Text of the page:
Colon Cancer Risk Increases among Adults Born in the ‘90s
What does your ‘90s birthdate have to do with your risk of getting colon cancer? Quite a bit, according to one new study.
New data presented by the American Cancer Society and National Cancer Institute indicates that people born in 1990 are two times more likely to develop colon cancer and four times more likely to develop rectal cancer than people born in 1950. These findings are quite surprising, given that 90 percent of new colon cancer cases occur in adults over the age of 50.
Colorectal cancer incidence and mortality rates in older adults have dropped significantly over the past few decades. Researchers credit this progress in part to improved screening rates, which can detect the presence of colon polyps before they become cancerous. However, routine screenings are not generally recommended for adults under the age of 50, which means that young-onset colon cancer often goes undetected during its earliest, most treatable stages.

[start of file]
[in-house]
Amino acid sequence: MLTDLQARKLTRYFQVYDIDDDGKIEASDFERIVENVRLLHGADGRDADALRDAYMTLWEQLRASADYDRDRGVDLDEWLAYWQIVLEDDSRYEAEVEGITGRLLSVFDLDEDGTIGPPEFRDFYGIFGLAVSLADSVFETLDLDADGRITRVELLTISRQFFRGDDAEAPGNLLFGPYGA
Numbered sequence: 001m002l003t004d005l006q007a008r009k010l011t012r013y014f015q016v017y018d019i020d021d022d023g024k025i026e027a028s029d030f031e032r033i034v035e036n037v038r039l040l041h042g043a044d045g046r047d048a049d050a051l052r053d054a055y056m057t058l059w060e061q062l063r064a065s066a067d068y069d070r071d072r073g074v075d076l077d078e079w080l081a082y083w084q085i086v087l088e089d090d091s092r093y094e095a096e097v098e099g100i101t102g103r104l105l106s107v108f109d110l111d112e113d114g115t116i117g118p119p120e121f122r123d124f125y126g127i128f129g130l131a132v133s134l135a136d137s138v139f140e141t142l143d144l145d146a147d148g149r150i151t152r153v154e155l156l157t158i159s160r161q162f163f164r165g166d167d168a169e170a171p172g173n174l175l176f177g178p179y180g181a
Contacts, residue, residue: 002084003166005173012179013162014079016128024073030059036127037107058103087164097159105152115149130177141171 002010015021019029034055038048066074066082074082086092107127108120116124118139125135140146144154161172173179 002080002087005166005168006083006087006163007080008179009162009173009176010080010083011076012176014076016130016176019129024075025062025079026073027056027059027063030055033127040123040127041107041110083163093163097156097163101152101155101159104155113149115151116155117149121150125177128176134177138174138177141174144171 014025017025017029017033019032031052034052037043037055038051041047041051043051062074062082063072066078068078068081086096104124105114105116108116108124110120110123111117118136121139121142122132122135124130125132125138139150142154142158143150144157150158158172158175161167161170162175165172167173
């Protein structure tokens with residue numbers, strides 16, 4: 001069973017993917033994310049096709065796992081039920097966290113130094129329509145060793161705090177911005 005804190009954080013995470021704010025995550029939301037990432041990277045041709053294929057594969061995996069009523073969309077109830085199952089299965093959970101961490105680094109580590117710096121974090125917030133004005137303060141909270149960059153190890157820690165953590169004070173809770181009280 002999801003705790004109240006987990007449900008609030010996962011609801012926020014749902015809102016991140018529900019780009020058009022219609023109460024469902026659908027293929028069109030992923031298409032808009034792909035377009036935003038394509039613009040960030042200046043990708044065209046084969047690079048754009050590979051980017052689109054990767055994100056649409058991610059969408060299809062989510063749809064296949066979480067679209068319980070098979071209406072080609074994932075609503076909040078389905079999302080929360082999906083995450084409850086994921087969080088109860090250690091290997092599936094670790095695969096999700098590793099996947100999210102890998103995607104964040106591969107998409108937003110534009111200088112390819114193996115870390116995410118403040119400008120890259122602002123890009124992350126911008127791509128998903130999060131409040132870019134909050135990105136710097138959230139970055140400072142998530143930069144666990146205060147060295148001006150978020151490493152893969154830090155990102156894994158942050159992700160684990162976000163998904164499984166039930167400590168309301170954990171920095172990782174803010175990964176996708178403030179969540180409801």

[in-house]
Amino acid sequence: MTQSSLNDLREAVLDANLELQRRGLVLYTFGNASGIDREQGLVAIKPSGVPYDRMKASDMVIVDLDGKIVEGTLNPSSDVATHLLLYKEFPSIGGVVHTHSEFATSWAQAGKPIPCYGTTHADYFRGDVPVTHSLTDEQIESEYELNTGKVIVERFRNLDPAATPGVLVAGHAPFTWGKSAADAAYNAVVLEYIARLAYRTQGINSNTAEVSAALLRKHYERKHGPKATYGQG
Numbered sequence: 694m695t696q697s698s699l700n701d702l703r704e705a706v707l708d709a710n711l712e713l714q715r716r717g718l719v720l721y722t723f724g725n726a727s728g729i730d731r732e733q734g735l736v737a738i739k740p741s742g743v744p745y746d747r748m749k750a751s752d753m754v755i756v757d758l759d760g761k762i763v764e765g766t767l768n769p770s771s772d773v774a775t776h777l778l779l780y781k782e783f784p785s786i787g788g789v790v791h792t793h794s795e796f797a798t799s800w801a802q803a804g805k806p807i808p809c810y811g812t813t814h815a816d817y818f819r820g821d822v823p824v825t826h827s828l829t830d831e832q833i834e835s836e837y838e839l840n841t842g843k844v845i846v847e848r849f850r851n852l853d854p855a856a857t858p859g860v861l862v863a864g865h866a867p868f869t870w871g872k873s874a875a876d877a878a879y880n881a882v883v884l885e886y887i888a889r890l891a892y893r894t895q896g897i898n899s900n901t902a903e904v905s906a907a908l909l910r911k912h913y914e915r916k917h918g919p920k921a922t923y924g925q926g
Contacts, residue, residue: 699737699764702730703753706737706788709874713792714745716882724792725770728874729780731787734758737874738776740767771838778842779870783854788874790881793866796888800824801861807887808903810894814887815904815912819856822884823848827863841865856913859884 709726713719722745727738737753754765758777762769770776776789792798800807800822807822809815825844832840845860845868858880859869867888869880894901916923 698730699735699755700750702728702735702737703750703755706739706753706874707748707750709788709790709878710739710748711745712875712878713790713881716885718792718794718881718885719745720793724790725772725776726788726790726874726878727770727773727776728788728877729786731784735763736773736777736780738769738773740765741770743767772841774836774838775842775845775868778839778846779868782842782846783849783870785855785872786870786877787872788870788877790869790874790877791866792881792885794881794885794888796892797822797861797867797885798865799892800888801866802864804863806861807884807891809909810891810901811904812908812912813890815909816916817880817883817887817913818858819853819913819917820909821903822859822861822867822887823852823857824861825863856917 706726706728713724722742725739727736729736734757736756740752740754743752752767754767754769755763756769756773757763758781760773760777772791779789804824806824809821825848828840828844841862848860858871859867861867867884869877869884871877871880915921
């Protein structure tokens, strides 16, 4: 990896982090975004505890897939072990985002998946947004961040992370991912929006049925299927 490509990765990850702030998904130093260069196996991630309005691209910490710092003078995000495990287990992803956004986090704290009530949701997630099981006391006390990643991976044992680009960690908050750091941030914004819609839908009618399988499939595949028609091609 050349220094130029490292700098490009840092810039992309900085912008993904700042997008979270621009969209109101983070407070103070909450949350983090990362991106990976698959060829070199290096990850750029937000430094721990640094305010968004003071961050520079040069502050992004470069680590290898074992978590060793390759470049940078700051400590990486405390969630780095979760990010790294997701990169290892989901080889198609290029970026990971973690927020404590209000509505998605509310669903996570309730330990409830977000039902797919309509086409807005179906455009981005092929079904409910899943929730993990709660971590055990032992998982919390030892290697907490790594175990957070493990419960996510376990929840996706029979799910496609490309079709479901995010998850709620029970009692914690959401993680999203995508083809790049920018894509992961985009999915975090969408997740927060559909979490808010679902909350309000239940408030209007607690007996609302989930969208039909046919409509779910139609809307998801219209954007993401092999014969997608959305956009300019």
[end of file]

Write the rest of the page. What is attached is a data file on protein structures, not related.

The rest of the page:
Rebecca Siegel, lead study author and epidemiologist at the American Cancer Society, said they have not yet identified the cause of this sharp increase in younger individuals. She did, however, point out that the rise in obesity mirrors trends in colon cancer. Certain factors associated with obesity, such as poor diet and sedentary behavior, are also risk factors for colon cancer, which could offer some explanation.
This study is not the first to detect a rise in young-onset colon cancer. Dr. George J. Chang, chief of colorectal surgery at MD Anderson Cancer Center, predicted two years ago that one in 10 colon cancers and one in four rectal cancers would be diagnosed in adults under the age of 50 by the year 2030.
The American Cancer Society is currently reviewing colorectal cancer screening guidelines to determine whether any changes need to be made (Source: CNN). However, young adults can still take preventive steps to reduce their colon cancer risk even if they are not eligible for screening. These steps include:
- Maintaining a healthy weight
- Eating a low-fat, high-fiber diet rich in fruits, vegetables, whole grains, and lean protein
- Limiting alcohol intake
- Exercising regularly
- Limiting intake of red meats or processed meats
- Not smoking
- Recognizing colon cancer symptoms, such as changes in bowel habits, abdominal pain or blood in the stool